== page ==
I Went To Go And See Queensryche Live Two Nights Ago:

I got to the cue outside and could only see one person who looked like your typical Metal fan. I asked a man in his forties who was playing, and he looked at me suspiciously, his eyes narrowed, determining whether or not I was going to make fun of or even understand him then slowly said Queensryche in an embarrassed tone and with a question in his voice. Thank goodness, I was at the right gig. Then about ten Metal guys showed up in the cue behind me. That could’ve saved me some social embarrassment had they been more punctual. Hurry up next time lads.

I got in, the place was empty. After about thirty minutes, a Trad-Metal quintet called Tri-Access or Triaxis (It wasn’t clear to me) with a singer heavily influenced by Geoff Tate (especially in her stage moves). Their music was brilliantly compatible with my tastes, with bits of Children Of Bodom, lots of Thrash, a tiny bit of Metalcore thanks to a drummer who liked double kick patterns similar to Trivium, and a whole heap of classic 1980s straight up Heavy Metal. I enjoyed them, but for whatever reason I didn’t become a fan or anything. They had the perfect formula but for whatever reason it only worked for me on an intellectual but not gut level.

Then a trio who also played Trad-Metal but with a very different approach to it came on. They were called Absolva. Again, smashing performance, brilliant formula and couldn’t be faulted. For whatever reason despite everything I didn’t become a fan. This isn’t like me, I become a fan at the drop of a hat! I’ve been called “the Galactuas of music.” Yet neither very suitable band that evening won me over. Maybe I’m dying!?

Then Queensryche came on. Todd received almost as brilliant a reaction as Phil Anselmo got at the down festival. People loved him. You’d think he was the star frontman who came back after an absence. It was like a small scale version of the reaction Bruce Dickenson would’ve got when he rejoined Maiden.

They played a brilliant set list (the only two songs I would ask for extra are “Revolution Calling” and “N M 156”) with a lot of Warning material, all the main hits (“Queen Of The Reich,” “Walk In The Shadows,” “Eyes Of A Stranger,” “Jet City Woman” etc. ) and even dropped a fair slice of the excellent new album in, tastefully, where it fit like a glove into the set.

They had previously been playing “Silent Lucidity” on this tour, but swapped it out in Manchester for the Promised Land-esque album closer from the new record, “Open Road,” and the crowd sang every single word, mimed every single drum fill and really reacted well. Beside stormers like “Fallout” “Redemption” and my favourite new track “Where Dreams Go To Die” it felt good that they would and could give the new record this much attention and still not lose too many great classics.

Seeing some of those guitar solos live in the flesh was such a nerd-fulfillment it was unbelievable.

The best moment of the night for me was when they dropped “Roads To Madness.” After all my Queesnryche love in the last two years it felt like a religious experience. That was one of the best times I’d ever had at a concert. That song is all about special little inflections, neat creative fills and they nailed them all. On the “Live Evolution” DVD they play a sort of Grunge version that’s too slow and its not as magic. This was spectacular. It was even cooler than the acoustic version on the “The Art Of Live” DVD.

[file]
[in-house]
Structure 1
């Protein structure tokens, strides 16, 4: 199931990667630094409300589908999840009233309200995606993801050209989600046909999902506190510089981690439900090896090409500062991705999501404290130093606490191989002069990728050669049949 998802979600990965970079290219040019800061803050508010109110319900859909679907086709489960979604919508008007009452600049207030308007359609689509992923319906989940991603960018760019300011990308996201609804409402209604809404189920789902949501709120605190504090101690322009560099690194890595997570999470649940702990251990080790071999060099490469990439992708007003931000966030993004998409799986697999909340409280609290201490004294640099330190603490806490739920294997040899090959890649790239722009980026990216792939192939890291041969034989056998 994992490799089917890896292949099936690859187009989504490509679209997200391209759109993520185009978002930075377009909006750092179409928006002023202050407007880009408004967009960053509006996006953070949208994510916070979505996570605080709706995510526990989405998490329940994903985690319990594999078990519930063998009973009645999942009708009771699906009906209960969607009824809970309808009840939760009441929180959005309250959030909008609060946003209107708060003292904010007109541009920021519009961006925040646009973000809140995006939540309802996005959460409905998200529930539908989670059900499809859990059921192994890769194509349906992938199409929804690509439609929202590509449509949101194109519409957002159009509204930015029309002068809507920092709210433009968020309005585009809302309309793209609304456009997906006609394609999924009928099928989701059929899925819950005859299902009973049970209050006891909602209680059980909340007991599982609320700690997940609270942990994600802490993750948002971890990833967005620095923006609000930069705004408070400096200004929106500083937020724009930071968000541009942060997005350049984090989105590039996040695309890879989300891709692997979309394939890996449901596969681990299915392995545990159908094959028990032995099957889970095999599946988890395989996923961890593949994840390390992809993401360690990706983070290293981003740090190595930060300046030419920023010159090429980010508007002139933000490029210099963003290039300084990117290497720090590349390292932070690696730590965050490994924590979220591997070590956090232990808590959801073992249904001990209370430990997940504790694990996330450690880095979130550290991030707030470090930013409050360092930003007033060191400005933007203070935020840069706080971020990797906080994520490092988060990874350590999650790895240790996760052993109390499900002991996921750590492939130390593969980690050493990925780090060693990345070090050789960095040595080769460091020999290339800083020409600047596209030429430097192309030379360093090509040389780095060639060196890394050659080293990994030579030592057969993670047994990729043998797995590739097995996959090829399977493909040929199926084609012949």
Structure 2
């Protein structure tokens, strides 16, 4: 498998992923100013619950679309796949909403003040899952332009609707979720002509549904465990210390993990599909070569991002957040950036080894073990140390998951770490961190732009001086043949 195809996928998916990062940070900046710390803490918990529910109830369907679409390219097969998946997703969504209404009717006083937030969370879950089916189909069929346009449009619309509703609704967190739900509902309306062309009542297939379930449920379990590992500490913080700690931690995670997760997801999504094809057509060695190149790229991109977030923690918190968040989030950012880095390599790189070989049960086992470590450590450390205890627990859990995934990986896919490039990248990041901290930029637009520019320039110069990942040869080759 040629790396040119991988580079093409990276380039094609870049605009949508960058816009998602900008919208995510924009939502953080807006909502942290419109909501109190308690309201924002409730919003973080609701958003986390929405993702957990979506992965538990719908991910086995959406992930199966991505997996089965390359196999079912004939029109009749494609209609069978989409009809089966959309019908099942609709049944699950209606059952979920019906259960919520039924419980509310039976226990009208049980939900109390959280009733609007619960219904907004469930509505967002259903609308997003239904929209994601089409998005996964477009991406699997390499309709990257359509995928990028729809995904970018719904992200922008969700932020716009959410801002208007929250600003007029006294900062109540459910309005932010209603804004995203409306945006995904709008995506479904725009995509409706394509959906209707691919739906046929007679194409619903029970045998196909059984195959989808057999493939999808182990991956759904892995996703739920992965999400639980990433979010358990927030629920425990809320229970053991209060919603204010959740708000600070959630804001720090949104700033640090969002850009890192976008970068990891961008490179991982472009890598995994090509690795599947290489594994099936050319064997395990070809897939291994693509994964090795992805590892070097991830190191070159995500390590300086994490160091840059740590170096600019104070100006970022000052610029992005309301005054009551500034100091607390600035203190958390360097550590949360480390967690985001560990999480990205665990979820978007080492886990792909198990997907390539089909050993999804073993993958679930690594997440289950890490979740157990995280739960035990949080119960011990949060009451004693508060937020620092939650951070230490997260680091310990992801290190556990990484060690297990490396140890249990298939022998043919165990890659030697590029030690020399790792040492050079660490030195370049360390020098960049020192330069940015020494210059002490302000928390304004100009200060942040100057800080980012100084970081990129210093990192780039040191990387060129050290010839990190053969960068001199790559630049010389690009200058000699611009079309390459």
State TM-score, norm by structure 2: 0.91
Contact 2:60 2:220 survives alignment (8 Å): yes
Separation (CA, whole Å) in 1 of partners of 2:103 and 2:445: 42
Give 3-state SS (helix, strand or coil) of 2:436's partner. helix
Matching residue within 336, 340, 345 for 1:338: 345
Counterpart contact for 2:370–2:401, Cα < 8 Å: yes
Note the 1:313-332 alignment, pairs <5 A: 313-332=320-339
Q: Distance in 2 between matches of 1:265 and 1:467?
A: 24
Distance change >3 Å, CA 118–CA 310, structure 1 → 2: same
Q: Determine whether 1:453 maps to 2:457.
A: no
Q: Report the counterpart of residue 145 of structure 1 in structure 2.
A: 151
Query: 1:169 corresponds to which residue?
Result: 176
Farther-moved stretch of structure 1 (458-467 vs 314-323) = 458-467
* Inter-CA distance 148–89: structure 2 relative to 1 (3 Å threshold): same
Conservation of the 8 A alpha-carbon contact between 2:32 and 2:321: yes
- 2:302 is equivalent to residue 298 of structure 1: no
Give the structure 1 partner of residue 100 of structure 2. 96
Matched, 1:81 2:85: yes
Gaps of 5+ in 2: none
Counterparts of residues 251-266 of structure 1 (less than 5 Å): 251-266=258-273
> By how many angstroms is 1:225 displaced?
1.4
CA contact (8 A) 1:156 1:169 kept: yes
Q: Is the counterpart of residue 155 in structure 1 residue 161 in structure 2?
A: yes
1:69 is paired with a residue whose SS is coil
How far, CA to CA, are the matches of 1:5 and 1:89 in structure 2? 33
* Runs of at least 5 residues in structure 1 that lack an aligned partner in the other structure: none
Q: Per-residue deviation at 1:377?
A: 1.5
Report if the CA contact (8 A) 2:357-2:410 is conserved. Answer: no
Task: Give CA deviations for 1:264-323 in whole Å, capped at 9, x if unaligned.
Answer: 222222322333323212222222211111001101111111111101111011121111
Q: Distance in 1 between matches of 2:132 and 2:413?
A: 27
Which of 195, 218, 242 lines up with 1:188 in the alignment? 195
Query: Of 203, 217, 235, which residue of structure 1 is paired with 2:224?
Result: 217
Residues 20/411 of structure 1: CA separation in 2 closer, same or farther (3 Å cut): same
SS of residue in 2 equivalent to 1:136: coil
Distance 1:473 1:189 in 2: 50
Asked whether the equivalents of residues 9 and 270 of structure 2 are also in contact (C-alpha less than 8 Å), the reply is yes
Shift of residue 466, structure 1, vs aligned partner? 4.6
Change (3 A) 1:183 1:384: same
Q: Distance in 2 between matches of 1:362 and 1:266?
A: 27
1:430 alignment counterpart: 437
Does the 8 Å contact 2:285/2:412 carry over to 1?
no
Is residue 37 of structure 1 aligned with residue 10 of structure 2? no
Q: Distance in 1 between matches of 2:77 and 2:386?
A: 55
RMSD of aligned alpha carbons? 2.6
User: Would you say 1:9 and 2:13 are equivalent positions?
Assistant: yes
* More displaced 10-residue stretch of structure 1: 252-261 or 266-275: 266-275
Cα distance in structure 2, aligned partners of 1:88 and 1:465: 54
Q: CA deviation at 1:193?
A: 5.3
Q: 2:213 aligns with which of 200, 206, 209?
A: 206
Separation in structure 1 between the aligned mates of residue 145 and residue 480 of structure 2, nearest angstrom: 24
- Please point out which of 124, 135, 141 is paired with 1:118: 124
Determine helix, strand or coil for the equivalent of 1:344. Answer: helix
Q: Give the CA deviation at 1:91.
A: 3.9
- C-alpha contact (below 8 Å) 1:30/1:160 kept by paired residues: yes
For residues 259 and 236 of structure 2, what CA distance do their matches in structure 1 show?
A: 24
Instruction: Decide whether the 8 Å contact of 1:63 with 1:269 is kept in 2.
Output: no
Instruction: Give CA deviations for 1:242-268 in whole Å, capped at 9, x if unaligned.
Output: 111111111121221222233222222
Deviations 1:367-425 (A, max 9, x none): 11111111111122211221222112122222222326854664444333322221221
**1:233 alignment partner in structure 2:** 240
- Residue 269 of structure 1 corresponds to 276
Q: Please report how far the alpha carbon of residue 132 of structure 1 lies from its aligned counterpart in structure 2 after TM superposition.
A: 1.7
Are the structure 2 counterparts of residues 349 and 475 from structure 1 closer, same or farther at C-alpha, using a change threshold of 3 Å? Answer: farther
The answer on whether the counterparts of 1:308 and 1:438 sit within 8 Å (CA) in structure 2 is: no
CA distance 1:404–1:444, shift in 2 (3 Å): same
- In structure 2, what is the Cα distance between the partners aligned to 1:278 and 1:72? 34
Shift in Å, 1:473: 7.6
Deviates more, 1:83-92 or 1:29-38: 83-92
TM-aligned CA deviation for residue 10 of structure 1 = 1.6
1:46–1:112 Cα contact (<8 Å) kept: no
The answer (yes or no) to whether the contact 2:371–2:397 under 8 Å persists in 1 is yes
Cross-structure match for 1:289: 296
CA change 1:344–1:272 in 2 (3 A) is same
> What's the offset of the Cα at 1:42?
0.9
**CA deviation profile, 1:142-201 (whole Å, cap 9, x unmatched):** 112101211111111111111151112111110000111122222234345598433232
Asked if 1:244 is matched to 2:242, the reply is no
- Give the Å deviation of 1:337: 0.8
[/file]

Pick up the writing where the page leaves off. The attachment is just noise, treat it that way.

Incidentally, Michael Wilton is an absolute superstar drummer. So unique, so original, so memorable and so powerful. He’s the Vinny Paul of the 80s. You know every single fill he’s going to play and when he does it, you go weak at the knees. It was really cool to watch him. I enjoyed it almost as much as watching Brann Dailor and Danney Carey, (and they are way flashier so should be cooler for the eyes, but still he ranked that highly.)

Do you know what I enjoyed most of all though? The crowd. The crowd were all loving it, really enthusiastic and showed the band they cared, but weren’t a shoving, screeching boorish set of Neanderthals, they all kept their personal space, no one crowd surfed and not one person shouted “Slaaaaaaaaaaaayer.” Not one. It was like a miracle or something. I didn’t get elbowed in the face once. It was the best crowd experience I’d ever had.

Ok. I say I enjoyed that the most, but, its probably tied with the band’s attitude. There was such gratitude and love-to-be-there attitude on display. Michael Wilton’s face conveyed such appreciation of the crowd and when he pointed a stick into the crowd it didn’t seem like a cheesy rock star move, it seemed genuine. Todd was like a one man PR Campaign to be the opposite of Geoff “My fans are stinking pigs” Tate. He went down to the front and individually shook every single person’s hand. He threw more setlists into the crowd than I’ve seen a band do all year. He just gave off an overall attitude that those “we are the people’s band” types give off.

If you get a chance to see Toddryche, take it. Even if you don’t know all the songs, the amount that they care will be fun for you.

The only downside to the evening was that I bought a Queensryche T-Shirt (how could I not?) and so accidentally broke my No Nerdy Or Non Essential Purchases For A Month challenge (Get (Into) What You Paid For). I’ll forfeit an extra five days in recompense, so that instead of November 1st, I can’t buy new things until November 6th.

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